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A rising power looks down under: Chinese perspectives on Australia

Posted By on March 6, 2014 @ 06:00

Team flags fly at the International Service Rifle Championship at the Australian Army Skill at Arms Meeting (AASAM) held at Puckapunyal Military Range in September 2013 [1]

Today ASPI has released a Strategy paper examining Chinese perspectives on Australia [2]. Dr Jingdong Yuan has drawn from official Chinese documents, leaders’ statements, media coverage, academic analyses, and interviews with specialists to provide a detailed insight into Chinese views of Sino-Australian relations. Using this insight, Dr Yuan provides recommendations to the government on the continued development of the growing relationship between Australia and China. Here’s the executive summary:

Sino-Australian diplomatic, economic and security ties have experienced significant growth over the past four decades. The general trends have been positive, especially in the economic area, where the two countries have developed strong and mutually beneficial interdependence. China has become Australia’s largest trading partner, and its growing demands for resources will continue to affect Australian economic wellbeing. Australia, in turn, has become a major destination for Chinese tourists and a favoured choice for higher education. Canberra has played an important role in encouraging and drawing China into regional multilateral institutions such as APEC, and the two countries have cooperated on major international and regional issues. However, bilateral relations periodically encounter difficulties and occasionally suffer major setbacks, largely due to differences in ideologies and sociopolitical systems, issues such as Tibet, Taiwan and human rights, and emerging challenges ranging from cybersecurity to the geostrategic shift in the region marked by China’s rise and the US’s rebalancing to Asia.

While there have been substantive debates in Australia on the implications of China’s rise, much less is known about Chinese perspectives on Australia. In many respects, Beijing continues to express confidence in a stable and cooperative bilateral relationship; at the same time, it recognises important structural constraints on the nature and scope of that relationship. That Australia remains a faithful ally of the US suggests that Canberra’s foreign and security policy is affected by American policy towards the Indo-Pacific and Washington’s relationship with Beijing. Indeed, US–China strategic rivalry poses the most serious dilemma for Australian foreign policy. The assumptions are that major trade-offs are inevitable and that Canberra will side with Washington in any serious conflict between the US and China, from the Taiwan Strait to the South China Sea and the Indian Ocean, leading to major setbacks in Sino-Australian relations and very serious economic disruption for Australia. From Beijing’s point of view, Australia would be making a serious mistake by assisting any potential and future US military operations against China by providing its ports, bases and facilities as depots and resting or staging grounds, and hence becoming an enabler in such operations. The consequences could be dire indeed.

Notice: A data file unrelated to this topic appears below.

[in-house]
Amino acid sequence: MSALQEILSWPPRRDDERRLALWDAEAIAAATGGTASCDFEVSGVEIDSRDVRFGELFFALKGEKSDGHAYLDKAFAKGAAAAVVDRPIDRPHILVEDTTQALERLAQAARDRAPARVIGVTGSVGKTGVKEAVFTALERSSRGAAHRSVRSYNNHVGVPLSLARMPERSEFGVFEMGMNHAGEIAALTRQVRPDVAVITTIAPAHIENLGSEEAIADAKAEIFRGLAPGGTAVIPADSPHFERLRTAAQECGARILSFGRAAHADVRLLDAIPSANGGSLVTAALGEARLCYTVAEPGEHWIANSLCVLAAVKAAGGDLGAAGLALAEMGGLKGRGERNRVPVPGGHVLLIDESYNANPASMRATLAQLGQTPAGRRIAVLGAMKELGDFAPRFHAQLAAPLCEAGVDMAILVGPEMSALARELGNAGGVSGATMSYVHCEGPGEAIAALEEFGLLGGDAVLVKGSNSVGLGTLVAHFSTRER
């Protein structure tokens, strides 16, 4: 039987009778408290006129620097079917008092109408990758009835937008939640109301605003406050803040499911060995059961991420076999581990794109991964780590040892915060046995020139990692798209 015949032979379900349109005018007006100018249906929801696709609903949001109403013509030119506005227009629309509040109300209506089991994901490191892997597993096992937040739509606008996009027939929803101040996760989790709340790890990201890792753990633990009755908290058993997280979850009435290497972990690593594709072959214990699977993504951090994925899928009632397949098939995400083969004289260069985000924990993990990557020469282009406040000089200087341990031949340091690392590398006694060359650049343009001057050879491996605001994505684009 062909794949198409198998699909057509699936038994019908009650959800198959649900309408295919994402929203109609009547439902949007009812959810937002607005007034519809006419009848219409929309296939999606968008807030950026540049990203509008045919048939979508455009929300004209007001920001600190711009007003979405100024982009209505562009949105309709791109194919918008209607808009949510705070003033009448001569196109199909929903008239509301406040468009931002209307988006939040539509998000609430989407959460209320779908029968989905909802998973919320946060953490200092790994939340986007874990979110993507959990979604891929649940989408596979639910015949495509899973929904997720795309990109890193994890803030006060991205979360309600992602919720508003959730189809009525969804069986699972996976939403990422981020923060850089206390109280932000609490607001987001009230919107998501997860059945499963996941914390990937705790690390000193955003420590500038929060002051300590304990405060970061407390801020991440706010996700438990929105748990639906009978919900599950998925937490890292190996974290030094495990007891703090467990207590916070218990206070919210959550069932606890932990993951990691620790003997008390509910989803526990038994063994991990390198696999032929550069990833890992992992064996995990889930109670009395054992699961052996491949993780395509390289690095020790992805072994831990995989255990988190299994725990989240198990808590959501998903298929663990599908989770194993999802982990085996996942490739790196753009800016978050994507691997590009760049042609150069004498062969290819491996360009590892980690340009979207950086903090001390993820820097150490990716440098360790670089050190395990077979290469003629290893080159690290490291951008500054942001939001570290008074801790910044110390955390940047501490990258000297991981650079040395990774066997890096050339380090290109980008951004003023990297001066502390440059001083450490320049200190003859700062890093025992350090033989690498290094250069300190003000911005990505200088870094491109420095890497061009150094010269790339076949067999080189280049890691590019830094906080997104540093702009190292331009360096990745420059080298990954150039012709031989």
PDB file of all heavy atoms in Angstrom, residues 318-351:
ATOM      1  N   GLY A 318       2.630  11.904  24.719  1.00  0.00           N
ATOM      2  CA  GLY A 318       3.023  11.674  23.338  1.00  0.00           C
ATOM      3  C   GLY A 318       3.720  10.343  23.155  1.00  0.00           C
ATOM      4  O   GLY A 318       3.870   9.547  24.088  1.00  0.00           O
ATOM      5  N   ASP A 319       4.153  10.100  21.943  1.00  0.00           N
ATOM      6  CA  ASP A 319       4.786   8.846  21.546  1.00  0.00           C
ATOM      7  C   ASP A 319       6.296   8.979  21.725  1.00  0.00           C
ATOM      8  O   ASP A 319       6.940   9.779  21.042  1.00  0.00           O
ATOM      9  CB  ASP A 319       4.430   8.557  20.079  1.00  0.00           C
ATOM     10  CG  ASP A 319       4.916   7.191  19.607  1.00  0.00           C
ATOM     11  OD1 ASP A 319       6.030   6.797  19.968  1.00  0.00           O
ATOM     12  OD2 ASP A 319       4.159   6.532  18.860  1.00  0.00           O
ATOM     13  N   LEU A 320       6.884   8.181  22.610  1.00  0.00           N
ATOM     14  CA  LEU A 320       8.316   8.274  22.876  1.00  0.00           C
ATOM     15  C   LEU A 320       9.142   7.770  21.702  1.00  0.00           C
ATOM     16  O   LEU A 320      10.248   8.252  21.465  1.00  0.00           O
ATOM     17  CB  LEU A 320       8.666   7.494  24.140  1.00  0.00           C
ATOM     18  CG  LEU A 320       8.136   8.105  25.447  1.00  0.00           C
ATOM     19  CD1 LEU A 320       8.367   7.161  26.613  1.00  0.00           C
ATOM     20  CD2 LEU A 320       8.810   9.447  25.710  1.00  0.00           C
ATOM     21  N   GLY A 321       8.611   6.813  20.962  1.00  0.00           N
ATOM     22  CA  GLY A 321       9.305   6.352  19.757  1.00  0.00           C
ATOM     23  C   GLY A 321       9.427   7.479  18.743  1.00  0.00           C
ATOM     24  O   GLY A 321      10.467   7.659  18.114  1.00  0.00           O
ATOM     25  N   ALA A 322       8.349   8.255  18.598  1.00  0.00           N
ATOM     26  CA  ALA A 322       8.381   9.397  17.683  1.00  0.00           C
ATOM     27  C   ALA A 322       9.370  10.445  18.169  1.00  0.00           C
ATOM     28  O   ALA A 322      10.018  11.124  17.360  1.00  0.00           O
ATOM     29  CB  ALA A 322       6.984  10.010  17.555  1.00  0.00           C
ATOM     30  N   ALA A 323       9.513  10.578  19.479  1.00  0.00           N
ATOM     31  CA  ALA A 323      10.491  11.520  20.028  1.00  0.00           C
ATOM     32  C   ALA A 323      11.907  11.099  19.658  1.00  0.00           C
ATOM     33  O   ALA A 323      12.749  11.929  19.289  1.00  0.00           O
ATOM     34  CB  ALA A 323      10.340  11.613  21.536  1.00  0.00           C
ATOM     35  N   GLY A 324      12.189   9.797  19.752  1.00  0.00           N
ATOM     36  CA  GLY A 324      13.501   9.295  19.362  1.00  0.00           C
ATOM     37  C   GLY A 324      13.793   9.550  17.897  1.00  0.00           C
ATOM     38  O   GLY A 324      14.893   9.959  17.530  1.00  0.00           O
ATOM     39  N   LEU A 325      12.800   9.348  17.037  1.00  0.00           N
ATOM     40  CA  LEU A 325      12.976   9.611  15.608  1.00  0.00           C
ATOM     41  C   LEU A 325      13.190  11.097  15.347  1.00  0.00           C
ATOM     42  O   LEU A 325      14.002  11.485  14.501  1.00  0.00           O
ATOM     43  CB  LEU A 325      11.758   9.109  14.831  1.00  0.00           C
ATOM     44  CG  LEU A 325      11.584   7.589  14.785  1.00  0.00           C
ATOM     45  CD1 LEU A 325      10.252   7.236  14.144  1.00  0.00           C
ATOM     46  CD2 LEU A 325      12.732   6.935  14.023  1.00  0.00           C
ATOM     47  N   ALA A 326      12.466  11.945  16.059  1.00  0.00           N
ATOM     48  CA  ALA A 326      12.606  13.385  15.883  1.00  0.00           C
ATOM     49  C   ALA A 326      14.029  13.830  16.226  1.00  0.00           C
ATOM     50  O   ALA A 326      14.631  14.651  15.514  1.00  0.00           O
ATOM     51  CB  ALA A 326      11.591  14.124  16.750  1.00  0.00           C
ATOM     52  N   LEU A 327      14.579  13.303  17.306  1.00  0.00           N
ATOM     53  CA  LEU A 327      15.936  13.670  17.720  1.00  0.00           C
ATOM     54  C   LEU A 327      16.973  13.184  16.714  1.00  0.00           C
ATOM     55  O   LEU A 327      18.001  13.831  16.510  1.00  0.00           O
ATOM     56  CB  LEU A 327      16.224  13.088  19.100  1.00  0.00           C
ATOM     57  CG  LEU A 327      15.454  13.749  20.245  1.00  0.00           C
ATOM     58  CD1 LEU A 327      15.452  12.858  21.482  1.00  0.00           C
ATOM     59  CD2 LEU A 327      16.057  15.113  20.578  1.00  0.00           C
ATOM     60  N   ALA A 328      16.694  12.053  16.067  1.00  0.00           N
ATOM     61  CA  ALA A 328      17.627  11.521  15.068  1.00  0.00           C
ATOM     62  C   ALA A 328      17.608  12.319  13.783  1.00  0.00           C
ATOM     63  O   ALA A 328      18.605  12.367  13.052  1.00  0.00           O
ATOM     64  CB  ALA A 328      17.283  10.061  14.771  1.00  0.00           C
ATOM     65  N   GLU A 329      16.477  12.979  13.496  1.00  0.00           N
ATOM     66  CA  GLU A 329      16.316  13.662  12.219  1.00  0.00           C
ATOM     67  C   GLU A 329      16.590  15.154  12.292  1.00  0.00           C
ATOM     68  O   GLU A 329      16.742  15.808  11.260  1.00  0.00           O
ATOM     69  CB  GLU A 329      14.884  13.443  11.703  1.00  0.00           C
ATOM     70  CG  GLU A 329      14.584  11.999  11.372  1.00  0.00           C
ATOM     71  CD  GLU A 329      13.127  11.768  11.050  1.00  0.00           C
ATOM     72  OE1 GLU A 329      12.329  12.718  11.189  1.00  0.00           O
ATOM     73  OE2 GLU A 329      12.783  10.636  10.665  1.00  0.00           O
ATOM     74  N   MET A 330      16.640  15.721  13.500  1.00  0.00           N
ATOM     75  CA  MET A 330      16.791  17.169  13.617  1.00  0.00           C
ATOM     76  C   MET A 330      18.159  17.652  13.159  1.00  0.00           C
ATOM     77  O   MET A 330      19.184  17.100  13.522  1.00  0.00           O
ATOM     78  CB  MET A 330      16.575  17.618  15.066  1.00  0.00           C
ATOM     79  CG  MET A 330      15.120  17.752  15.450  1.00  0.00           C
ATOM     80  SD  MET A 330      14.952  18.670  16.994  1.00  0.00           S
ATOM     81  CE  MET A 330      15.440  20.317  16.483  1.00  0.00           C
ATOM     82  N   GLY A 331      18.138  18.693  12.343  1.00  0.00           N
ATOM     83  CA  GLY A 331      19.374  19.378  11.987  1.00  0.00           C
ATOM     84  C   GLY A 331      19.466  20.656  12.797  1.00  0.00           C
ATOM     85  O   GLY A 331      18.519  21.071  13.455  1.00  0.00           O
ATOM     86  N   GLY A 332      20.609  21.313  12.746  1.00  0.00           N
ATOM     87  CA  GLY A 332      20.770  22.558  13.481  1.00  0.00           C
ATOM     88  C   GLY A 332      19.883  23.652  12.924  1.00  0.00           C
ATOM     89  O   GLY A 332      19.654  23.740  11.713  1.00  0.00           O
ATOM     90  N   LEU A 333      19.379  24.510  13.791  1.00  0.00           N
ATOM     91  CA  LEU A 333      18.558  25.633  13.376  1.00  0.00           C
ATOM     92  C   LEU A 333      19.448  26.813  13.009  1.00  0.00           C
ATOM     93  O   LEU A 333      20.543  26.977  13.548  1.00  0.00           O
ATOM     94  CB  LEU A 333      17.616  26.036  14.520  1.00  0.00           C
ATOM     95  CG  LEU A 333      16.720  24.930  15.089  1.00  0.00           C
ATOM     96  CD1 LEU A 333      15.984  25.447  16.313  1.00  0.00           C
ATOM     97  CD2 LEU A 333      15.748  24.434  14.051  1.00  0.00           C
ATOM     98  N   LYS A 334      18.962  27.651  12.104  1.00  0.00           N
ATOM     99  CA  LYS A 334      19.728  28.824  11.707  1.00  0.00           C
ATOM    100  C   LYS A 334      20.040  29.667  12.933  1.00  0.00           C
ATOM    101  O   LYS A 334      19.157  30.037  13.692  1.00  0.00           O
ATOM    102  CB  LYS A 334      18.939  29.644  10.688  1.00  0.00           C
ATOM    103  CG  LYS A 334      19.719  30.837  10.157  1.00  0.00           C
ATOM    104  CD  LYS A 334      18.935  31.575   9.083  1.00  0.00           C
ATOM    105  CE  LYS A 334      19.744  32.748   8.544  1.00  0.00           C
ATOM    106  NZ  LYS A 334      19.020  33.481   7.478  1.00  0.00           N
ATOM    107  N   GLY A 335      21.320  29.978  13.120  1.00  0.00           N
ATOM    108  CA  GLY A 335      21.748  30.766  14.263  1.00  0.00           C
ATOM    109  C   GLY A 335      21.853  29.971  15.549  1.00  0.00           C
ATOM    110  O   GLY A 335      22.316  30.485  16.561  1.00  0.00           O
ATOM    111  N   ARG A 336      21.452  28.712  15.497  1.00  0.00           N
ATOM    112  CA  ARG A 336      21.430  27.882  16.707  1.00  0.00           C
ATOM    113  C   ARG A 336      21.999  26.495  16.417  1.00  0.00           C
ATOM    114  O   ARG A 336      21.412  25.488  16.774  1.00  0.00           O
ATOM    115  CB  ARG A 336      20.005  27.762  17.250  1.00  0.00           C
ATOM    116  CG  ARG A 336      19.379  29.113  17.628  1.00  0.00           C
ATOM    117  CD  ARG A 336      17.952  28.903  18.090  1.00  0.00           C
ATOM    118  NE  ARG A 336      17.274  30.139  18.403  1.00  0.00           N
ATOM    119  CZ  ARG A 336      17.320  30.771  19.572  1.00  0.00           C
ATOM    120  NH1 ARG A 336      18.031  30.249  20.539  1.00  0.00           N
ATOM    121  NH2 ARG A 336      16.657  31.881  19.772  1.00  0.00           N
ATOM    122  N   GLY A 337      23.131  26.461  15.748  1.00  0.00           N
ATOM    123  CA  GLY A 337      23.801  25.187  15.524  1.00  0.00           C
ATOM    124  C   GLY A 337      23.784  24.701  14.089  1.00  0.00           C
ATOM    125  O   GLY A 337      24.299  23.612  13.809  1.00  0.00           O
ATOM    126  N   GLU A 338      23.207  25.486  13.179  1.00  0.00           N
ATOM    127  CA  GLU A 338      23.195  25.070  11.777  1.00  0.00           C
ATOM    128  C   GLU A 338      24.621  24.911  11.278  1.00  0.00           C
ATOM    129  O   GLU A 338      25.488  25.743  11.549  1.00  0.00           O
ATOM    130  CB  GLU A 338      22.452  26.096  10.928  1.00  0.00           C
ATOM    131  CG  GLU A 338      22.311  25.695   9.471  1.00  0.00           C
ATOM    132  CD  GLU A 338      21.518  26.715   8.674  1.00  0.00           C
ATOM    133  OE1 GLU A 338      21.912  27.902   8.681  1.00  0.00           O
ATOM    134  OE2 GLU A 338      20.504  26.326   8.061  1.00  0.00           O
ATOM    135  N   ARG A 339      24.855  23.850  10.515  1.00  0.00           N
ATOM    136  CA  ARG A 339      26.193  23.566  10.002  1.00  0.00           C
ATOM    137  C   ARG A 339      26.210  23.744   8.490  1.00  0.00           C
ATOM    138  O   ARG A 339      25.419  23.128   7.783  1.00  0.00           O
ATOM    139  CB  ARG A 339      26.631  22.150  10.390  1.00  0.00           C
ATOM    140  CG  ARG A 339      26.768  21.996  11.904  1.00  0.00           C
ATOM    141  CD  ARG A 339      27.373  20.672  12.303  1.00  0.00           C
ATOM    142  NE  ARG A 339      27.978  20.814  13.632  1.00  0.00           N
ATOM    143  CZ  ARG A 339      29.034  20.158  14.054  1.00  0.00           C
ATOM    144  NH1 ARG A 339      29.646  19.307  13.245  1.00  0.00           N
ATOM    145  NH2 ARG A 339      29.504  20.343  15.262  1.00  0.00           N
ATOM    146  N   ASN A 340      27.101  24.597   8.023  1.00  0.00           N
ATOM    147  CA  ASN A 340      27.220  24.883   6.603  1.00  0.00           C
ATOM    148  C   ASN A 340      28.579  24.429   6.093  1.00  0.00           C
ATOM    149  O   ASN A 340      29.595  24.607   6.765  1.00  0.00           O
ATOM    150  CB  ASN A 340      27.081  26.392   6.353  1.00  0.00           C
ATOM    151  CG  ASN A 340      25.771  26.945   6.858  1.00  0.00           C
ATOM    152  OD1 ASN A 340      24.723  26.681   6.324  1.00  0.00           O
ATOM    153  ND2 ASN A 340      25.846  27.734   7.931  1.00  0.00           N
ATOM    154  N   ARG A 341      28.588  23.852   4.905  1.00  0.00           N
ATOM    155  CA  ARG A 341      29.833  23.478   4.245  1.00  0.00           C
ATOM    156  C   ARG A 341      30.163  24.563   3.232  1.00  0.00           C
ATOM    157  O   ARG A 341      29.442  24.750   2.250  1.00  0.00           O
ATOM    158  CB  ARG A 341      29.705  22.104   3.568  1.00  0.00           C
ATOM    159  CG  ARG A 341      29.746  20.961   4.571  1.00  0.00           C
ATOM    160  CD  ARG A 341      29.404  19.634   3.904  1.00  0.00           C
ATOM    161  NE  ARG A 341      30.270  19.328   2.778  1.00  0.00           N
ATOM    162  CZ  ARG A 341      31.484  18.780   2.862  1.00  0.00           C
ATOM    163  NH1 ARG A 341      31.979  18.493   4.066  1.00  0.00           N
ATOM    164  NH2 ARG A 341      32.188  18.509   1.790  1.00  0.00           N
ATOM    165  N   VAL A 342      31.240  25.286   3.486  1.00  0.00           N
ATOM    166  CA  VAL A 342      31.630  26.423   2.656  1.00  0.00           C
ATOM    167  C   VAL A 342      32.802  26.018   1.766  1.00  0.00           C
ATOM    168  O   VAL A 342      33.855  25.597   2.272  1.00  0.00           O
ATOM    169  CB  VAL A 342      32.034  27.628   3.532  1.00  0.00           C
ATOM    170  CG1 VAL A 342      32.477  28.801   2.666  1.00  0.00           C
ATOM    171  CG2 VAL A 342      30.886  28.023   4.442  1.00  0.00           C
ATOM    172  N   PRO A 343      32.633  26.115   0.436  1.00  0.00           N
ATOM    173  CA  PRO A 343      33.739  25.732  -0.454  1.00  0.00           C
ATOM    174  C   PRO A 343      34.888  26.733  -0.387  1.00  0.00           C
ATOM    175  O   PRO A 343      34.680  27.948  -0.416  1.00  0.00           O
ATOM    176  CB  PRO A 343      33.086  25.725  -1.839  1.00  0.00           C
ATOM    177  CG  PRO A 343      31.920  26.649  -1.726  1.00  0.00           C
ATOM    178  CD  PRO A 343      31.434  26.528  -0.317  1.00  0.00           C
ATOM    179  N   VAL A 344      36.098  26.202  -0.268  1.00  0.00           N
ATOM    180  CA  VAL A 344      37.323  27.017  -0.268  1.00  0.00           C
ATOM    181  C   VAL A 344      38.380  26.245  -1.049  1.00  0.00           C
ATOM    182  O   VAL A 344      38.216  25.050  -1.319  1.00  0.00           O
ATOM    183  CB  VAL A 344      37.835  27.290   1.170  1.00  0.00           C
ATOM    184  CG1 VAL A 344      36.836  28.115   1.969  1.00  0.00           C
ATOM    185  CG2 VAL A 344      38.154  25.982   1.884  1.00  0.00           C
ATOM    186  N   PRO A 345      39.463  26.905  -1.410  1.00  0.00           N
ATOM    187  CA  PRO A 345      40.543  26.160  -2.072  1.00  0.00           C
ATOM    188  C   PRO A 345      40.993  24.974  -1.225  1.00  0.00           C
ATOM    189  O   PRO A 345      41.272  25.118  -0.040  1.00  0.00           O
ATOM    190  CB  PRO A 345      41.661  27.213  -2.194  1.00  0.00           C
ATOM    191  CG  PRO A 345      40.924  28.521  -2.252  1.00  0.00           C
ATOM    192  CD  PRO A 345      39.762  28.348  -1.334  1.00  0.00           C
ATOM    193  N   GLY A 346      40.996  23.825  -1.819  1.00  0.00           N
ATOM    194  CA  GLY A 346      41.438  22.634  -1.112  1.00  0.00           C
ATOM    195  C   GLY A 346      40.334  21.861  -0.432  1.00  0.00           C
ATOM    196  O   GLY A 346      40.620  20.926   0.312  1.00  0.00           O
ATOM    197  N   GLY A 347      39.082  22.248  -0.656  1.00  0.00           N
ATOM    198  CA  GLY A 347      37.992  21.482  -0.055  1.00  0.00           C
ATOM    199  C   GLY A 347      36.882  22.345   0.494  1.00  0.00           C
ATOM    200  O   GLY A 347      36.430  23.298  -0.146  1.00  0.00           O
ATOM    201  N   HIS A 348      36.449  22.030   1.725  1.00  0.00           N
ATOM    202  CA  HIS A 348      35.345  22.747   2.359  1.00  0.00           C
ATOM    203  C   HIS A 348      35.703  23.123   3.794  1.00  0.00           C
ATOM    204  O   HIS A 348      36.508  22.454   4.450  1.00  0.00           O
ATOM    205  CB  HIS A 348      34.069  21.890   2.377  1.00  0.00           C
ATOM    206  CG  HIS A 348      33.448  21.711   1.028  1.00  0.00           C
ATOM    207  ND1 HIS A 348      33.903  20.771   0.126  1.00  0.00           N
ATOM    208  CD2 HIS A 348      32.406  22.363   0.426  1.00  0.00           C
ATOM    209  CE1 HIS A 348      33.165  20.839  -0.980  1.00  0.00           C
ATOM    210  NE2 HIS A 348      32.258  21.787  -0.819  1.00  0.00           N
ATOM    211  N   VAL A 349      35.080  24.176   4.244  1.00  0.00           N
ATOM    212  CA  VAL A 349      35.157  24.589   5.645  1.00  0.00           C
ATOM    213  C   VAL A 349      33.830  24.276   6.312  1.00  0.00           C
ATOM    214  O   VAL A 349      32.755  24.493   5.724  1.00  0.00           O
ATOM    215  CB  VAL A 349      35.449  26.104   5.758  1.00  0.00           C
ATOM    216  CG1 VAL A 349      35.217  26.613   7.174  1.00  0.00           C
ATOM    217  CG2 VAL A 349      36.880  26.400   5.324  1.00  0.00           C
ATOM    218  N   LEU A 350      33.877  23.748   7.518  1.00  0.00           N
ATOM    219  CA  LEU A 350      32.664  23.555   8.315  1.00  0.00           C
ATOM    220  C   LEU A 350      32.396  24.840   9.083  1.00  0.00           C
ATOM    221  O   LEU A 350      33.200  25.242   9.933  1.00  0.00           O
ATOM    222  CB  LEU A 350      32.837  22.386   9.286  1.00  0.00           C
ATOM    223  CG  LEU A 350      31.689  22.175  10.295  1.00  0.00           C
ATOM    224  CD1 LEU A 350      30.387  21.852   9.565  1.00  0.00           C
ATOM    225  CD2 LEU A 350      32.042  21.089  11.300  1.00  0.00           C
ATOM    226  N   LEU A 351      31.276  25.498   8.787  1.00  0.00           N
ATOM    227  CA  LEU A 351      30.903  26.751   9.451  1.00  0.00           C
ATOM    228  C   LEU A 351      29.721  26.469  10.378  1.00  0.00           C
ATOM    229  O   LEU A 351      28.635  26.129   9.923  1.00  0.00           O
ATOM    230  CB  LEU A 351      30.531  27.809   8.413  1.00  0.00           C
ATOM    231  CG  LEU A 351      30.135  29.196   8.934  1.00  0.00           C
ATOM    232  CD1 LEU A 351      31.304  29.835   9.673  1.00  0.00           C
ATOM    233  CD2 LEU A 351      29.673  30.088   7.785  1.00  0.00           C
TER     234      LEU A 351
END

Chinese analysts are paying closer attention not only to Australia–US relations, but also to Australia’s aspirations and role as a proactive and creative middle power in regional and global affairs, especially where Canberra’s diplomacy affects issues important to Beijing. Those areas range from nuclear arms control and disarmament, humanitarian interventions and trade negotiations to maritime territorial disputes. While acknowledging Australia’s middle-power role, Chinese analysts note the limitations and constraints on what Canberra can do. In recent years, Australia’s also engaged in various security initiatives or arrangements with US allies and partners in the region, in particular with Japan and India. Some have characterised the Australian relationship with Japan as a quasi-alliance, while the relationship with India has potential security implications for China, given the emerging importance of the Indo-Pacific concept. From Beijing’s perspective, it’s critical that China and Australia maintain and develop dialogue between their leaders, diplomats and military officers.